England players celebrate the dismissal  of Ravindra Jadeja on Day 3 © Getty Images
England players celebrate the dismissal of Ravindra Jadeja on Day 3 © Getty Images


India produced an awful show with the bat on the third day of the fourth Test against England to crash to a huge defeat by an innings and 54 runs at Old Trafford in Manchester.  Devarchit Varma rates the performance of the English players on a scale of one to 10.
India crumbled once again to the part-time spin of Moeen Ali as England romped home with a huge win by an inning and 54 runs at Old Trafford on Saturday. It was a shambolic performance by the Indians, who have now lost all the advantage that they had gained at Lord’s with a fine win, and they are now trailing 2-1 in the ongoing series.

England have been on a recovery path since the third Test at Southampton, which they had won by a margin of 266 runs. The hosts have outplayed India with both bat and the ball. The win in the fourth Test at Manchester puts them in a commanding position, as a draw will ensure them a Test series win after more than a year. Let’s see the English players’ marking out of 10 (according to batting order):
Alastair Cook – 5/10: The England captain’s dismissal off Varun Aaron in the first innings indicate that he is not in the best of form yet. He was not in a great position when he played the ball, and was dismissed without a significant contribution. But the very fact that “c Cook b Anderson” has become a norm in the series with the Indian batsmen giving so many catches to Cook at first slip is commendable. Cook has now won two matches on a trot as a captain, and he and his side would be expected to get better from here on.

Sam Robson – 1/10: The right-handed opener showed all the signs of a strong opening partner for Cook, but the Australian-born right-hander has been exposed by the Indians. He has not made any significant mark so far in the series, and more often than not, his dismissal has exposed the middle-order to the new ball.
Gary Ballance – 6/10: Ballance has had an excellent series so far, and the rare blip came in England’s only innings when he was trapped in front of the wickets. He earns most marks for the sharp catch that he took to get rid of the Indian captain Mahendra Singh Dhoni in the second innings.

Ian Bell – 6/10: England’s middle-order batsman played well for his 58, continuing his good form with the bat. There are still questions surrounding Alastair Cook’s form, but Bell’s innings provided them assurance that one of their senior batsman is getting back to be consistently among the run-getters.
Joe Root – 7/10: Root is fast becoming the next big thing in world cricket. He has been excellent at home, even though he has struggled outside England. Root has made the most of the opportunity of playing at home and scoring heavily. He batted with lot of responsibility in England’s only innings, especially at a time when all the seniors were back in the hut. His knock, and his partnership with Jos Buttler, ensured that England not only take a healthy lead but also maintain their domination over India.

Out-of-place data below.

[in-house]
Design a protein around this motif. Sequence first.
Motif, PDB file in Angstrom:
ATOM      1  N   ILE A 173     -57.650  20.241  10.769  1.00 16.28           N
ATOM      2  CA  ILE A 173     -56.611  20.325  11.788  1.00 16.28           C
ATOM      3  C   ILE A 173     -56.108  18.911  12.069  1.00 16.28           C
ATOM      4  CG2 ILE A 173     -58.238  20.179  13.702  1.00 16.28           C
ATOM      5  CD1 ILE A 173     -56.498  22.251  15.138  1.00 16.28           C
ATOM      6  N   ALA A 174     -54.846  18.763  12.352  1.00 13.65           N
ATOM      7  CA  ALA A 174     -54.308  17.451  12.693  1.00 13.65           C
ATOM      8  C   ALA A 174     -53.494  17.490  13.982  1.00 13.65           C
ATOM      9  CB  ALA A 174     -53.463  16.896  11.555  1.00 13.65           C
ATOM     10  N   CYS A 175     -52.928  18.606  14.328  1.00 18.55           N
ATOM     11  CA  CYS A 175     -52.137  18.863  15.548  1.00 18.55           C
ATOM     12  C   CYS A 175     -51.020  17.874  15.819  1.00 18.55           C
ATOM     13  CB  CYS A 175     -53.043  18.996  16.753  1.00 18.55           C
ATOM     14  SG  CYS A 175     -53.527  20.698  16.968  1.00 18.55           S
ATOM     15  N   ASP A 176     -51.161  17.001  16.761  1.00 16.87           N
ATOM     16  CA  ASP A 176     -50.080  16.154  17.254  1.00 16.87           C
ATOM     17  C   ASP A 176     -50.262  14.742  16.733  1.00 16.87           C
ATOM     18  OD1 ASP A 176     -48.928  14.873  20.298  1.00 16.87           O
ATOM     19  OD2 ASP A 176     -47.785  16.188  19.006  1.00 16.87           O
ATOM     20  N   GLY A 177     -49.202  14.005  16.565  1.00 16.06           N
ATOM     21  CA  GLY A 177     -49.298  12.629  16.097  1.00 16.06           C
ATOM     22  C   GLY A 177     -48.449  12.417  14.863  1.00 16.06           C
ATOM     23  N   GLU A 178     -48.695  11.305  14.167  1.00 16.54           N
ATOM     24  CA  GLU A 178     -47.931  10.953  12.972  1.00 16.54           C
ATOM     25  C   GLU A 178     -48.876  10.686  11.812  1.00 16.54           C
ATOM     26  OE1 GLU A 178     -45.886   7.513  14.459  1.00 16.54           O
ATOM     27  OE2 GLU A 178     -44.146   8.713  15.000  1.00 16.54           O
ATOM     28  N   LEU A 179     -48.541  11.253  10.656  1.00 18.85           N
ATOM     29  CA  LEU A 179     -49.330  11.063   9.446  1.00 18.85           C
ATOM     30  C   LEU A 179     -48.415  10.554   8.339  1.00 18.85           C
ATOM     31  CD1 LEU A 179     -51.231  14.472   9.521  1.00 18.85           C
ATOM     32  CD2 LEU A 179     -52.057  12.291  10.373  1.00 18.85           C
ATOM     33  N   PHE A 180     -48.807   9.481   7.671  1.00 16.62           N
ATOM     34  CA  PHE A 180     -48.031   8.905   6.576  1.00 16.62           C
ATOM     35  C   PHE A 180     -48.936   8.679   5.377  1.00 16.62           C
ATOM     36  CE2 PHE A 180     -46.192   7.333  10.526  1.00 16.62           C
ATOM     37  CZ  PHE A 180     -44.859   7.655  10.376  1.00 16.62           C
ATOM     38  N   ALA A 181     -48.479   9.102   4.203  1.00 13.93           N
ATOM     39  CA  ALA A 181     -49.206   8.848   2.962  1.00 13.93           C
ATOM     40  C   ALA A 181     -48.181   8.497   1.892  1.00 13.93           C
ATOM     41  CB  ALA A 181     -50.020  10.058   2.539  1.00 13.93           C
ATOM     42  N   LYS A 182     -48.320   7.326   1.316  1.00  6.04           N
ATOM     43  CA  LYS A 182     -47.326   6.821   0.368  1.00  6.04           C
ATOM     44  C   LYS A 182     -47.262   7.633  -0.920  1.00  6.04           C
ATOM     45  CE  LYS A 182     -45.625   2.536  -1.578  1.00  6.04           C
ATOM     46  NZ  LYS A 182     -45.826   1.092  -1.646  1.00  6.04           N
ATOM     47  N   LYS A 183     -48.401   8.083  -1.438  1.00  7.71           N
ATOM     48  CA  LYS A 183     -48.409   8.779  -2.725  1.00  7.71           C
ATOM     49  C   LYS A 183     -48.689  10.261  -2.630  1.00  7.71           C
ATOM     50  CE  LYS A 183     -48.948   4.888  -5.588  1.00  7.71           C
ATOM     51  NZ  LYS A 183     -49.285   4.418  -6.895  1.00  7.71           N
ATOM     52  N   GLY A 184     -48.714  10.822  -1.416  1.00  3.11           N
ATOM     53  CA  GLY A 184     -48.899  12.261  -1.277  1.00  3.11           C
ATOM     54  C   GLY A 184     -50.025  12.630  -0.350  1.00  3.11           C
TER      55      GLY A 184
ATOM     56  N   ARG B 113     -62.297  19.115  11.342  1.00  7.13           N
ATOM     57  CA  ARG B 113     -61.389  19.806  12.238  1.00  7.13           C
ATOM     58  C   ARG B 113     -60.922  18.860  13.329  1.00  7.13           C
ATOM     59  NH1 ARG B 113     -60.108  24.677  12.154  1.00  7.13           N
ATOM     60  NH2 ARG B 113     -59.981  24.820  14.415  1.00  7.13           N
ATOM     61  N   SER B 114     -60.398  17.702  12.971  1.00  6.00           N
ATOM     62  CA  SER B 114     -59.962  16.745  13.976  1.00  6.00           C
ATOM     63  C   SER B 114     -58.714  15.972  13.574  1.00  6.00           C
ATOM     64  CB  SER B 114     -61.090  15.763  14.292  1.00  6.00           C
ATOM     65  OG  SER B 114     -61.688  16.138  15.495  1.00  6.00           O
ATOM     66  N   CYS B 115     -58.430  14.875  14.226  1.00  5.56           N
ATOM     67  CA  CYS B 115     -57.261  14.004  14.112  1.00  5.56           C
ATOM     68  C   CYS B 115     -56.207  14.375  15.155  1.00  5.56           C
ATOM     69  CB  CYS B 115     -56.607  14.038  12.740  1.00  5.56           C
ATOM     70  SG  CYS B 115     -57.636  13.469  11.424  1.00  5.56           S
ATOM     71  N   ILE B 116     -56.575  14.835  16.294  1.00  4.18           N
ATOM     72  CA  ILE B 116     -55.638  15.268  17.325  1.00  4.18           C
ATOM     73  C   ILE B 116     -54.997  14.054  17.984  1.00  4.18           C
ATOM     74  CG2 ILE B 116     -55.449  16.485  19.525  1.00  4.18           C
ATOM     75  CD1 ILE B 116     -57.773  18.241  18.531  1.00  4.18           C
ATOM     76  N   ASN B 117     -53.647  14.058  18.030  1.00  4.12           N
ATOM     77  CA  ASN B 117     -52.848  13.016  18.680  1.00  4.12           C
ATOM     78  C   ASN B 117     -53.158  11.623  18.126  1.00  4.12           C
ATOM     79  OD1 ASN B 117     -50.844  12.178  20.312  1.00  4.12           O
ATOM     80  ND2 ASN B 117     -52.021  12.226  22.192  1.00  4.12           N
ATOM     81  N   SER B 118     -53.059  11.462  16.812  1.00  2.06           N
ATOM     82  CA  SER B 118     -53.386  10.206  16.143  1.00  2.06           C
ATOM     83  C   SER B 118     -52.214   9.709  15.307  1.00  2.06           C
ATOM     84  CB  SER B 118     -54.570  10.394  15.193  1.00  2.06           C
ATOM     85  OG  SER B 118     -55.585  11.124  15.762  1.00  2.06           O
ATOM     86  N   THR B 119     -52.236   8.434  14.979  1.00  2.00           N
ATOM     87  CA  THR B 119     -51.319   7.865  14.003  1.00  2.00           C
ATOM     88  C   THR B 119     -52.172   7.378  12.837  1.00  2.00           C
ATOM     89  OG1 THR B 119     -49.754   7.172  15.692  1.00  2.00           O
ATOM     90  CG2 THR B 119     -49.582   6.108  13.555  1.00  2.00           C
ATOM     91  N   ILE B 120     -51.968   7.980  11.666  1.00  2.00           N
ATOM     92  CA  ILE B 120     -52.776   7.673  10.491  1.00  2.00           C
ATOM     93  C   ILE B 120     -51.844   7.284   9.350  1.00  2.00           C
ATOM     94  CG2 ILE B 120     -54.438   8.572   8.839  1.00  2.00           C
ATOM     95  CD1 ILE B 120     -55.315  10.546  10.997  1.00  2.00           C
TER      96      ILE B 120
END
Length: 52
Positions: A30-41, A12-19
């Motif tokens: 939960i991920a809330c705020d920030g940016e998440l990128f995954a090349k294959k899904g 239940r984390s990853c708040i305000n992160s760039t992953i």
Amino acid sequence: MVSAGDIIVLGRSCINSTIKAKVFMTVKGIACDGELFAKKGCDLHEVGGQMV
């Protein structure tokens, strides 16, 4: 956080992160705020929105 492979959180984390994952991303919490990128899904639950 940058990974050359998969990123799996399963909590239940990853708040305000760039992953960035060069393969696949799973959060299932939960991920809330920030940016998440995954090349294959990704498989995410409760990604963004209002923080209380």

Moeen Ali – 6/10:  As a batsman, Moeen Ali has his own issues to solve. To believe the fact that one of England’s upcoming batsmen fell prey to the most common trick was hard, but Moeen continued to haunt — yes, haunt — the Indian batsman, as he snaffled as many as four wickets in the second innings. For the ardent England fans, they might as well have found their next Graeme Swann!

Jos Buttler – 5/10:  England’s new wicketkeeper-batsman in his first two games has done what Matt Prior did for years — bat for as long as possible lower down the order and “keep the opposition out on the field” (Prior actually once said that). With two half-centuries in as many Tests, Buttler has made a strong mark, but the fact that he struggled against the movement of the ball in his own backyard was a tad surprising. If England weren’t on a winning streak, the critics would surely have pointed this out as a shortcoming.

Chris Woakes – 4/10: Chris Woakes has had two ordinary games. At Southampton when England bagged 20 wickets, he could get none, and at Old Trafford when England got 20 more, he at least has one. Woakes batted with the tail and somehow failed to accelerate and get quick runs — something that he was expected to do.
Chris Jordan – 3/10: Like the two crucial catches he took on the final day of the third Test, Jordan made his mark once again on the last day with two wickets in as many balls in India’s final innings. He is certainly struggling with the ball at the moment, and was belted for as many as 65 runs in 12 overs.
Stuart Broad – 8/10: England’s hero of the match. Broad ran through the Indian line-up on the first day with an impeccable bowling display. He has started to find his rhythm, and England would not mind the timing of that at all. The injury that he suffered during the third day was indeed a nasty one, but who would have thought that the match-winning performance was already delivered by him, that too on the first day?

James Anderson – 7/10: It will not be unjust to say that the Indians somehow are intimidated by the England pacer. At least the way the batsmen handled him in 2011 and in this series explain that. Anderson is slowly touching the peak once again, as his movement with the ball and the quality of keeping the batsmen continuously under pressure can be seen again. He bagged five wickets in the match.

(Devarchit Varma is a reporter with CricketCountry. He can be followed on Twitter @Devarchit)